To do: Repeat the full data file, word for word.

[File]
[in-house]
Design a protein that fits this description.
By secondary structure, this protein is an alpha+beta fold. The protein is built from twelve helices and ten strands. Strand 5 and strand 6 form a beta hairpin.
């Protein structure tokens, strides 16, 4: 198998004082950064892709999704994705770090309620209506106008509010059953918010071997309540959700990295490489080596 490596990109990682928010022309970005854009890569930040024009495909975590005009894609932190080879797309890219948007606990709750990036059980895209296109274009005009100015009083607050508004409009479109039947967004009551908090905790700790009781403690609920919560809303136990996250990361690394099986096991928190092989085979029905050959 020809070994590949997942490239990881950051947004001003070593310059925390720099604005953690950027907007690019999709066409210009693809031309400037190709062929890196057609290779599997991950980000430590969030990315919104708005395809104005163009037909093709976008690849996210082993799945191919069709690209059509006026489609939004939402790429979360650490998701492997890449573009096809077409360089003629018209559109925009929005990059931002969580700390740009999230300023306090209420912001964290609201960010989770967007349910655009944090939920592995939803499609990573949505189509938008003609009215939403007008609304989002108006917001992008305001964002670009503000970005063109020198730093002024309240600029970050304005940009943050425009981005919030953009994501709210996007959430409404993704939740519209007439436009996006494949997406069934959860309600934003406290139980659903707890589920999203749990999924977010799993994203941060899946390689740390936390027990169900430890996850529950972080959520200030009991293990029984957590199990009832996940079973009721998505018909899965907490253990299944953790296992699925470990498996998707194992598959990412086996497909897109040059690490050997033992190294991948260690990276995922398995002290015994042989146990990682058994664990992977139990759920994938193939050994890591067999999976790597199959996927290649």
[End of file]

[in-house]
Design a protein that fits this description.
By secondary structure, this protein is an alpha+beta fold. The protein is built from twelve helices and ten strands. Strand 5 and strand 6 form a beta hairpin.
């Protein structure tokens, strides 16, 4: 198998004082950064892709999704994705770090309620209506106008509010059953918010071997309540959700990295490489080596 490596990109990682928010022309970005854009890569930040024009495909975590005009894609932190080879797309890219948007606990709750990036059980895209296109274009005009100015009083607050508004409009479109039947967004009551908090905790700790009781403690609920919560809303136990996250990361690394099986096991928190092989085979029905050959 020809070994590949997942490239990881950051947004001003070593310059925390720099604005953690950027907007690019999709066409210009693809031309400037190709062929890196057609290779599997991950980000430590969030990315919104708005395809104005163009037909093709976008690849996210082993799945191919069709690209059509006026489609939004939402790429979360650490998701492997890449573009096809077409360089003629018209559109925009929005990059931002969580700390740009999230300023306090209420912001964290609201960010989770967007349910655009944090939920592995939803499609990573949505189509938008003609009215939403007008609304989002108006917001992008305001964002670009503000970005063109020198730093002024309240600029970050304005940009943050425009981005919030953009994501709210996007959430409404993704939740519209007439436009996006494949997406069934959860309600934003406290139980659903707890589920999203749990999924977010799993994203941060899946390689740390936390027990169900430890996850529950972080959520200030009991293990029984957590199990009832996940079973009721998505018909899965907490253990299944953790296992699925470990498996998707194992598959990412086996497909897109040059690490050997033992190294991948260690990276995922398995002290015994042989146990990682058994664990992977139990759920994938193939050994890591067999999976790597199959996927290649």